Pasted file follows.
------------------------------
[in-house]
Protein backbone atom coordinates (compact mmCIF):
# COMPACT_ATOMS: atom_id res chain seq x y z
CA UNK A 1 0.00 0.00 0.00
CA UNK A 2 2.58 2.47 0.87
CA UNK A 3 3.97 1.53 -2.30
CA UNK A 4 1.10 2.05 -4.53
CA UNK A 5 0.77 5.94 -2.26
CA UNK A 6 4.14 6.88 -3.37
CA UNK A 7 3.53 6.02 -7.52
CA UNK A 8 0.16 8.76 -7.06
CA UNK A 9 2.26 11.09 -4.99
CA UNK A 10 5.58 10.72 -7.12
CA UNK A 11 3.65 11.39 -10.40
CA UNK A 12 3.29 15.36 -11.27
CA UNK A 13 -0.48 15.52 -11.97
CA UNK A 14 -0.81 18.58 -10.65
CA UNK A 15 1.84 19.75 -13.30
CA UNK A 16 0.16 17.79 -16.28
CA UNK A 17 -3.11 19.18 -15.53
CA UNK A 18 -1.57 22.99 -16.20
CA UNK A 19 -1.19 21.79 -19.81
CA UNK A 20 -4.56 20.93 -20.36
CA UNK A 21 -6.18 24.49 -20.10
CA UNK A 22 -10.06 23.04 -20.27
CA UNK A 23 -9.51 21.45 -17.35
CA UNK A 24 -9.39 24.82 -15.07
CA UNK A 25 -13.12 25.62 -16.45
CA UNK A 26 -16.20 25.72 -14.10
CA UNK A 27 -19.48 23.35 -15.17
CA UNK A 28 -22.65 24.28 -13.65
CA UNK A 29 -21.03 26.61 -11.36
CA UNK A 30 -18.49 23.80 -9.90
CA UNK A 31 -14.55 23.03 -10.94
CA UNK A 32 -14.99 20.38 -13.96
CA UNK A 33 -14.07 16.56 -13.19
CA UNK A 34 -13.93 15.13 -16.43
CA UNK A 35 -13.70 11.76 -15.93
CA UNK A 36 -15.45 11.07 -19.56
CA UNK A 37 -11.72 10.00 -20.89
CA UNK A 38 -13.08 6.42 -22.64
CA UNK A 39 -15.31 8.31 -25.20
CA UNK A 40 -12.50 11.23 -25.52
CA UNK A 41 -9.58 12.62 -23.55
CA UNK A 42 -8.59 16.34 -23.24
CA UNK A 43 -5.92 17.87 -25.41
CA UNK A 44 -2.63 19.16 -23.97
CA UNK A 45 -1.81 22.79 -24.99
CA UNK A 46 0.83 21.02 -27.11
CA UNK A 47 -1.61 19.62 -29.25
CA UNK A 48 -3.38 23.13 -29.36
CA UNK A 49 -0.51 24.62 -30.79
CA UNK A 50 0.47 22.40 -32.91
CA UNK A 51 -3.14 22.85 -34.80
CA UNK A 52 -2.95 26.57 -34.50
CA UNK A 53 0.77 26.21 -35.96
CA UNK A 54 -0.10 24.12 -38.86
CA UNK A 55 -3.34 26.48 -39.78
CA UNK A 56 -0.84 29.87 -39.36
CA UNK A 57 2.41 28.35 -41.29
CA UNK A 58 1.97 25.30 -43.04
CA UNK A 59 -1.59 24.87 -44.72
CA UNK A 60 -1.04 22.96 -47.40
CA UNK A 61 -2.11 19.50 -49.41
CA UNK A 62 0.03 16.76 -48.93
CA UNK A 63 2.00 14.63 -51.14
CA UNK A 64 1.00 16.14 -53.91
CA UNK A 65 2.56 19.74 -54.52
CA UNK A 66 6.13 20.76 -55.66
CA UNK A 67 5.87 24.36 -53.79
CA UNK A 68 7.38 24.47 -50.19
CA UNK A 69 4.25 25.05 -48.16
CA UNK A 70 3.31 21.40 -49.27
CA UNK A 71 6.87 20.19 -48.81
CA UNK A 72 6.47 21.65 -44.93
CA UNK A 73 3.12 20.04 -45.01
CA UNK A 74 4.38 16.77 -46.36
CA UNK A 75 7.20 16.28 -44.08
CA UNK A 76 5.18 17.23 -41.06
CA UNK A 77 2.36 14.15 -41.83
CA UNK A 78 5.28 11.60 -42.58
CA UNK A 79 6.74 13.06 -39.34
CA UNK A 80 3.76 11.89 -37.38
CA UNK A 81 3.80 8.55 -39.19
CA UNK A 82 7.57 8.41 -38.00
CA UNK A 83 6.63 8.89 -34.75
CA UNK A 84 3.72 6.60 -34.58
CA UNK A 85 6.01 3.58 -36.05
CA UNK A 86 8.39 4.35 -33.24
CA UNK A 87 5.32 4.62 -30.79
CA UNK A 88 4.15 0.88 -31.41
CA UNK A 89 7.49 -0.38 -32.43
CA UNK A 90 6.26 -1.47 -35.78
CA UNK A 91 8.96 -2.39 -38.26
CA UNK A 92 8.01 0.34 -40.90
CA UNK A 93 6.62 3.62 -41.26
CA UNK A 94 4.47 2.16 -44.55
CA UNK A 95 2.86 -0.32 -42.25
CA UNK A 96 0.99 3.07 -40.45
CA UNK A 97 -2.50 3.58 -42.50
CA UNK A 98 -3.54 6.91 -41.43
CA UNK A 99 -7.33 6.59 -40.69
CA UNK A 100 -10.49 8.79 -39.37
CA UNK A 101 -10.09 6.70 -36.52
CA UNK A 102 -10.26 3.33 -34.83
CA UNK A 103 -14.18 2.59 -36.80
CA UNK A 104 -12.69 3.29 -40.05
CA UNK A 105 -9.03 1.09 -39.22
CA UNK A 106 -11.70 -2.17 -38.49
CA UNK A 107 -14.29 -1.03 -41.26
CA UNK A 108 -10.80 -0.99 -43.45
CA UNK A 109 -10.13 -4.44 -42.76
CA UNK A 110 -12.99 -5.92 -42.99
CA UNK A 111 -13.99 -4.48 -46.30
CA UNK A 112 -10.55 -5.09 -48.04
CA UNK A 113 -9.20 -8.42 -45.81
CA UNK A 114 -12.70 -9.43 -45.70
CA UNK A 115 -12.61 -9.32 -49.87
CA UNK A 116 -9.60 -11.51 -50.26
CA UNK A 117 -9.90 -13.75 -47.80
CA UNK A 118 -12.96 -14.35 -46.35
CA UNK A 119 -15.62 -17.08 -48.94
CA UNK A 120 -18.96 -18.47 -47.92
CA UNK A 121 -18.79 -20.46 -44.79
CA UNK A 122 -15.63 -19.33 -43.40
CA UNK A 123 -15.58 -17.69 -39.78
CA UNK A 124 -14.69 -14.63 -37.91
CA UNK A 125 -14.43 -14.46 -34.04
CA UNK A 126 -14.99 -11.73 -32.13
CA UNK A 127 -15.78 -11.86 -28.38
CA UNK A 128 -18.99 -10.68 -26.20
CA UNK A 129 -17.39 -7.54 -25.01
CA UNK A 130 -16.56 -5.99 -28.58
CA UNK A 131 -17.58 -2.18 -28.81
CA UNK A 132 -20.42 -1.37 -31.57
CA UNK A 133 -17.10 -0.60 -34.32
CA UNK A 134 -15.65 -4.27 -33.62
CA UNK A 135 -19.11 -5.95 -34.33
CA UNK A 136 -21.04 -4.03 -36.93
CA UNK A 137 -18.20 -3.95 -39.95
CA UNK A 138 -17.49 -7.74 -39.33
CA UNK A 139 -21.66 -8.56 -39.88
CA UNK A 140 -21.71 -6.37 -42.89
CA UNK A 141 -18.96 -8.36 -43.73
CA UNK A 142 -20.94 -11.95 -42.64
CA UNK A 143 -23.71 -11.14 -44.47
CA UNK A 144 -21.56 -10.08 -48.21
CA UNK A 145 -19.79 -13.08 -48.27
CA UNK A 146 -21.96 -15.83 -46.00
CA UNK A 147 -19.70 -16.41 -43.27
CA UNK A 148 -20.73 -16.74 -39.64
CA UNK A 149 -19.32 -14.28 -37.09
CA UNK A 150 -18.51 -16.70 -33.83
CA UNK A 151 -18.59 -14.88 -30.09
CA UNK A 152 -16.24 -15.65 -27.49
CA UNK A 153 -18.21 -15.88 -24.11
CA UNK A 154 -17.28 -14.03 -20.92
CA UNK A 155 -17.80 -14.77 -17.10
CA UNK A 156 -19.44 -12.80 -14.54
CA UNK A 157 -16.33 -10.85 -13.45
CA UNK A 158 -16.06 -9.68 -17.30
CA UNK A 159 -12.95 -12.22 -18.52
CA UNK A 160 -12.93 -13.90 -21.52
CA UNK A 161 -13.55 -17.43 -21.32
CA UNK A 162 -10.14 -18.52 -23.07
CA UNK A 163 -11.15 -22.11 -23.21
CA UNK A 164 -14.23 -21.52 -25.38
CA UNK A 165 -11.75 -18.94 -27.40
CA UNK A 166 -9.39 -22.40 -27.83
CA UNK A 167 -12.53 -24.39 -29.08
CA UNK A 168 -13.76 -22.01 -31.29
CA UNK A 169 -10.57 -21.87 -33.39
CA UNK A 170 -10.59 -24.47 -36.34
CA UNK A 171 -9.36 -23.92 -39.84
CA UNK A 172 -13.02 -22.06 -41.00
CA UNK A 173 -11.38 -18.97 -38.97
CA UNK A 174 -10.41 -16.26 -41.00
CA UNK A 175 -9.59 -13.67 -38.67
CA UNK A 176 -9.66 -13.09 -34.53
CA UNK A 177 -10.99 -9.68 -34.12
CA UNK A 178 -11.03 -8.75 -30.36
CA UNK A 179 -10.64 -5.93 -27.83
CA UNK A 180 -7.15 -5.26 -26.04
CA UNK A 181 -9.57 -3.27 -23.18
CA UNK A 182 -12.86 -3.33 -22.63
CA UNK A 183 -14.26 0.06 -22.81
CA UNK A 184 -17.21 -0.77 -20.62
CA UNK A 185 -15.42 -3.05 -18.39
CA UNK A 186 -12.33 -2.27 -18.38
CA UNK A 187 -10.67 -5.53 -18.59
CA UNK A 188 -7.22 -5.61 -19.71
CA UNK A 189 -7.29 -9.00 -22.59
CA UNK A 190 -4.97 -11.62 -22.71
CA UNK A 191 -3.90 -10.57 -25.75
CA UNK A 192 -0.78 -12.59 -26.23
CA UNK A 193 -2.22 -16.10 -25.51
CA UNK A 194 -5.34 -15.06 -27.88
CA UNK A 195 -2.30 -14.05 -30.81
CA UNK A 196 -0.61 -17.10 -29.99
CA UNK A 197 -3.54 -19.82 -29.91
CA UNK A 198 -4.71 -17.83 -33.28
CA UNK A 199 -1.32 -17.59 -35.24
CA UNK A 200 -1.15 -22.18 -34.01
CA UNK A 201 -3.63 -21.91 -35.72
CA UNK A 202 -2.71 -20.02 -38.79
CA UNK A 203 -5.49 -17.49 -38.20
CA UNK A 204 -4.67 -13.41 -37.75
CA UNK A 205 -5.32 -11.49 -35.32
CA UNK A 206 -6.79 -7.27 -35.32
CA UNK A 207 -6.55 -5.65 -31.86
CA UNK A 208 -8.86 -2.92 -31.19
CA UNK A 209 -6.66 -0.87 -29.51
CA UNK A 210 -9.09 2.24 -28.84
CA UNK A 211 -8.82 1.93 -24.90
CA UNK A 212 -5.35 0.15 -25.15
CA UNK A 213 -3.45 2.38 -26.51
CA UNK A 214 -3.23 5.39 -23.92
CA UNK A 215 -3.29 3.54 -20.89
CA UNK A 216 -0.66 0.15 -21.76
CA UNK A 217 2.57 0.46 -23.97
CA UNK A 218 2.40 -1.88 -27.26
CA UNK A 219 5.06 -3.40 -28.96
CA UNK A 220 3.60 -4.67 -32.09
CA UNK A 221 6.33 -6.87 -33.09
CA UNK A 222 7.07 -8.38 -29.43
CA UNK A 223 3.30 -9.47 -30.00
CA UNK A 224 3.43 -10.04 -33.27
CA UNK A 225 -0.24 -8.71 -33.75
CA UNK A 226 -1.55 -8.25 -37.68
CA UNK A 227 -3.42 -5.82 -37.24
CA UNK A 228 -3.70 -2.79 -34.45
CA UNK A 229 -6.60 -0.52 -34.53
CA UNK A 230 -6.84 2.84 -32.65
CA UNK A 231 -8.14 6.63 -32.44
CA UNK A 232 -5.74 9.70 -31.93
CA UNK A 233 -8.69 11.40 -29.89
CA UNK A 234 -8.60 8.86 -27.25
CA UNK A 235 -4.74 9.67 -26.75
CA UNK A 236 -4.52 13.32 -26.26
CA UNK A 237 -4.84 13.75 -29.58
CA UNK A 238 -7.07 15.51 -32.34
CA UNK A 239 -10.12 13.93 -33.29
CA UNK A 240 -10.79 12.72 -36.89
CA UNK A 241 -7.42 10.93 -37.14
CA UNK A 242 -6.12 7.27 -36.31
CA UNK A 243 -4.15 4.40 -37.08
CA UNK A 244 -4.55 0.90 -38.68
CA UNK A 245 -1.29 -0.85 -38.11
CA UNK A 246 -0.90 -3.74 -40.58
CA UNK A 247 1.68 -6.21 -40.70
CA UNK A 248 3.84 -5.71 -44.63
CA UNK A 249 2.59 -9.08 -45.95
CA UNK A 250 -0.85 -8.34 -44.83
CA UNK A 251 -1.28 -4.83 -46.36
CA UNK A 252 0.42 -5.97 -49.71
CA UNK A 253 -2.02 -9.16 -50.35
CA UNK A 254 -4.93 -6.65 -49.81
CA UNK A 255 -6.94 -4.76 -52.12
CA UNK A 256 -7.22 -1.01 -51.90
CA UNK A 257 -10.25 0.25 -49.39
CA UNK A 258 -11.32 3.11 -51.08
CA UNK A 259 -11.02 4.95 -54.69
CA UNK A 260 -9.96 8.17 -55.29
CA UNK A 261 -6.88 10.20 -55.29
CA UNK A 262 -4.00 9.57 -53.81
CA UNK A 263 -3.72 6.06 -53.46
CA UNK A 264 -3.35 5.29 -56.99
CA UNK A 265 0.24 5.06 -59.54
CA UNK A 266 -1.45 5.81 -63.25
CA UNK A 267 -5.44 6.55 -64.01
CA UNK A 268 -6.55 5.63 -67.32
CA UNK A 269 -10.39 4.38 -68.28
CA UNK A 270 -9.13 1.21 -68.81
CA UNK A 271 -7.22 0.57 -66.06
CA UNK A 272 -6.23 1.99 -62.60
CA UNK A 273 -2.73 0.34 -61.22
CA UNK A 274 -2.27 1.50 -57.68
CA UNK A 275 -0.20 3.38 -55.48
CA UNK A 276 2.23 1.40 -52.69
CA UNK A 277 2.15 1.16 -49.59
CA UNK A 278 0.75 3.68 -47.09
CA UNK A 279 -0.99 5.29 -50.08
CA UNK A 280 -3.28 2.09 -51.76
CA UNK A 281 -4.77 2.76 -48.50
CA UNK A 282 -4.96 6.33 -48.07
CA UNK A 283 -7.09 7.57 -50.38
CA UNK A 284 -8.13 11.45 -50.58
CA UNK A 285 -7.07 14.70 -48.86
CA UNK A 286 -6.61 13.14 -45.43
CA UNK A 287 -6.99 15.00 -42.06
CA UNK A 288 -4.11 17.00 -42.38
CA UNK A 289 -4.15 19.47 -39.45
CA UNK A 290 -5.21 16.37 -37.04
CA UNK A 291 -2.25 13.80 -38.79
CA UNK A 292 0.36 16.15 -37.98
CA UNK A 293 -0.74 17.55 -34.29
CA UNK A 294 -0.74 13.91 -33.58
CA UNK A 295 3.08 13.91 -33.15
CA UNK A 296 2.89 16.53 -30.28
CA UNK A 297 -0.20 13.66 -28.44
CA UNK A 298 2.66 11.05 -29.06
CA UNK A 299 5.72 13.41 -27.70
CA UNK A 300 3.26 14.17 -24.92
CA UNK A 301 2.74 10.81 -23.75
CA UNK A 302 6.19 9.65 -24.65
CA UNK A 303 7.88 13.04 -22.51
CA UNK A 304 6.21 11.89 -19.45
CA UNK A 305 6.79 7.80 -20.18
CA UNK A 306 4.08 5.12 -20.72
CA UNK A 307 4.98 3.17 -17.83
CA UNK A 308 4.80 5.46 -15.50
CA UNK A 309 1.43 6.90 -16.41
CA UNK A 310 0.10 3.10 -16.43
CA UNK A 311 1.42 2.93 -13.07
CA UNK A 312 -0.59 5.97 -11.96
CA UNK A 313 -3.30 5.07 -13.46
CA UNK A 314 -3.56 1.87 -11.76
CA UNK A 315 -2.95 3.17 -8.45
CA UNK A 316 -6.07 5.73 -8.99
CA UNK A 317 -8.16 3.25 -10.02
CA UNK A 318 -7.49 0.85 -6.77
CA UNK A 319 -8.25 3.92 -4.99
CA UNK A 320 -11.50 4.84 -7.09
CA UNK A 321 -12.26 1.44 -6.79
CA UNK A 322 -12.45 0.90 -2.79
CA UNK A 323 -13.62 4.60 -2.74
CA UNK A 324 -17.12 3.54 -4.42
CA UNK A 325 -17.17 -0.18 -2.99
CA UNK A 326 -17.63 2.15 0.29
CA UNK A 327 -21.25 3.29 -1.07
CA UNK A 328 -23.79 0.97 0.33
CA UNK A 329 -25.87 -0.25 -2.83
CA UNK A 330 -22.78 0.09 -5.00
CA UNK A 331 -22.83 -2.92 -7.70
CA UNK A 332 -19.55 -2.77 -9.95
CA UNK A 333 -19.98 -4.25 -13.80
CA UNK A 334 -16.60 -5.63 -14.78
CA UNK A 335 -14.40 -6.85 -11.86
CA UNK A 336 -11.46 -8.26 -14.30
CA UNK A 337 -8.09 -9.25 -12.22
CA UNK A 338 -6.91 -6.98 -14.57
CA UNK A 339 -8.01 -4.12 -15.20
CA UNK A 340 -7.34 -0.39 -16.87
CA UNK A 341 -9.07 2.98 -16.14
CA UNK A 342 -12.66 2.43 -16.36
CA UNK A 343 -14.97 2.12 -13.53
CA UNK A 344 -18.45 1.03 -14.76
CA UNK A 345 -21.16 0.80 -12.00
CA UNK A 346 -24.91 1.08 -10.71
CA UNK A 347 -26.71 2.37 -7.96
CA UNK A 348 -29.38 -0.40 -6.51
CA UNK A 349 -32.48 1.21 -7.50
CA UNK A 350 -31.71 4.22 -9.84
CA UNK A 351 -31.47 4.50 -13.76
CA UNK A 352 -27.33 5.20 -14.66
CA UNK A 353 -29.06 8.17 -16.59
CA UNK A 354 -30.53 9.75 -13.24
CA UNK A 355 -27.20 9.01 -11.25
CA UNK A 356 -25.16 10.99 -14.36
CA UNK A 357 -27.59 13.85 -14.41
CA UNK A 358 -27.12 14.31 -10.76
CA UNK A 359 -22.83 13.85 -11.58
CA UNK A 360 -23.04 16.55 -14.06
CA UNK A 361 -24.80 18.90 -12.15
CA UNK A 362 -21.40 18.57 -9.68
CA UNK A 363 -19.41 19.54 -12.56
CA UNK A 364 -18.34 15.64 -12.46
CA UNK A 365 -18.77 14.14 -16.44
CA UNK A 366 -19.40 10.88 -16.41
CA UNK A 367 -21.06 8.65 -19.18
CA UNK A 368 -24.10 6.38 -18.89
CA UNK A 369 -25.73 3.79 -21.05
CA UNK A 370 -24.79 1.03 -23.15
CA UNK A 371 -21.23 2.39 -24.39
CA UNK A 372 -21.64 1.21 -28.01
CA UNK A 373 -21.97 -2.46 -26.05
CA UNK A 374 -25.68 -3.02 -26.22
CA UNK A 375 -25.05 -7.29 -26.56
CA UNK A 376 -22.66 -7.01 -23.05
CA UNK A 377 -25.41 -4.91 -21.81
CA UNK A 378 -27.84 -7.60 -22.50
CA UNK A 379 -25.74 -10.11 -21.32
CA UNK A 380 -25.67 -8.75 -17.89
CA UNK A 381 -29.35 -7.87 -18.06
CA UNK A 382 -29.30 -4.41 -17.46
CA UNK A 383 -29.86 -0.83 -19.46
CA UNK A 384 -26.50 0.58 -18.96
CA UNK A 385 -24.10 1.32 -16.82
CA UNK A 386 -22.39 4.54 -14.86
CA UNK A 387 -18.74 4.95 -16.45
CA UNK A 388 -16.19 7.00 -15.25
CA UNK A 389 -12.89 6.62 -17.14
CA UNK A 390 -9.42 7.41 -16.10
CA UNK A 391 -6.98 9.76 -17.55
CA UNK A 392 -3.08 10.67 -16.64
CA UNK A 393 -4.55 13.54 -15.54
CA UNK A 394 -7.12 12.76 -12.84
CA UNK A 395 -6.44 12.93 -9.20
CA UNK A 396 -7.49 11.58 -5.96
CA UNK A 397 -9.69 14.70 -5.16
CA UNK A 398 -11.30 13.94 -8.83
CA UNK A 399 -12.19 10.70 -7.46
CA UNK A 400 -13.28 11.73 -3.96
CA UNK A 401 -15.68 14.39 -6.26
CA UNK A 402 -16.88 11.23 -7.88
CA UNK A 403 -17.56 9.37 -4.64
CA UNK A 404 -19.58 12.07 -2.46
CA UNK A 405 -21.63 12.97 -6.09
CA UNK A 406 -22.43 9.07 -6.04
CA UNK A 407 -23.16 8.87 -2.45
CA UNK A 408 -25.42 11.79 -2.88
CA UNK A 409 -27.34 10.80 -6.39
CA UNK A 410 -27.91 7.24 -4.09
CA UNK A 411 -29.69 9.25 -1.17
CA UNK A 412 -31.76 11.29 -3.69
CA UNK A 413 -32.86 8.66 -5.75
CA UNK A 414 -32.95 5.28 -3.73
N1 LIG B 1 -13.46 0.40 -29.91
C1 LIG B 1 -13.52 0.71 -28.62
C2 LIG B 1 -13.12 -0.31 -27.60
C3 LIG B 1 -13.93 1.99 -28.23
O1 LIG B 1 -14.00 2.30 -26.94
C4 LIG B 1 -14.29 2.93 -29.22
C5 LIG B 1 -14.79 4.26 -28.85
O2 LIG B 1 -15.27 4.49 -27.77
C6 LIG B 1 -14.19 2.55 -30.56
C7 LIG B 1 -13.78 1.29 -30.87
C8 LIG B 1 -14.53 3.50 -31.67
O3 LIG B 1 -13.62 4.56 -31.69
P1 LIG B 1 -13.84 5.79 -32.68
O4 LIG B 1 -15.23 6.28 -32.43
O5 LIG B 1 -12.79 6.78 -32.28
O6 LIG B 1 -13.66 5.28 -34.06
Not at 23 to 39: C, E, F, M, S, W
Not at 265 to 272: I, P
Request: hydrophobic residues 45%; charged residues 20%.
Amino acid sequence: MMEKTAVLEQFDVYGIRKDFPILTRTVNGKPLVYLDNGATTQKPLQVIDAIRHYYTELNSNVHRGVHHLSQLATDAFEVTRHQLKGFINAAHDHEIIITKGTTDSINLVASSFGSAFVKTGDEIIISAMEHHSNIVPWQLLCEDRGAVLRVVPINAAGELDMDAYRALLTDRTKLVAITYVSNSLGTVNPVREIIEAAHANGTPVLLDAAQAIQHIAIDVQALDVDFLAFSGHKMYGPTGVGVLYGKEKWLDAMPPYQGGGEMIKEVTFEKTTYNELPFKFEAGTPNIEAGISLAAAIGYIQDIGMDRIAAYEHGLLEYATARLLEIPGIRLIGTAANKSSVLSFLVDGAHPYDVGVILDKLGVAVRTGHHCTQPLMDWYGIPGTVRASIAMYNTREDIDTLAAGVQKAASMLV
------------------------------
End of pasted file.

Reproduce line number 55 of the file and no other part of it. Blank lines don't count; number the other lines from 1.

CA UNK A 52 -2.95 26.57 -34.50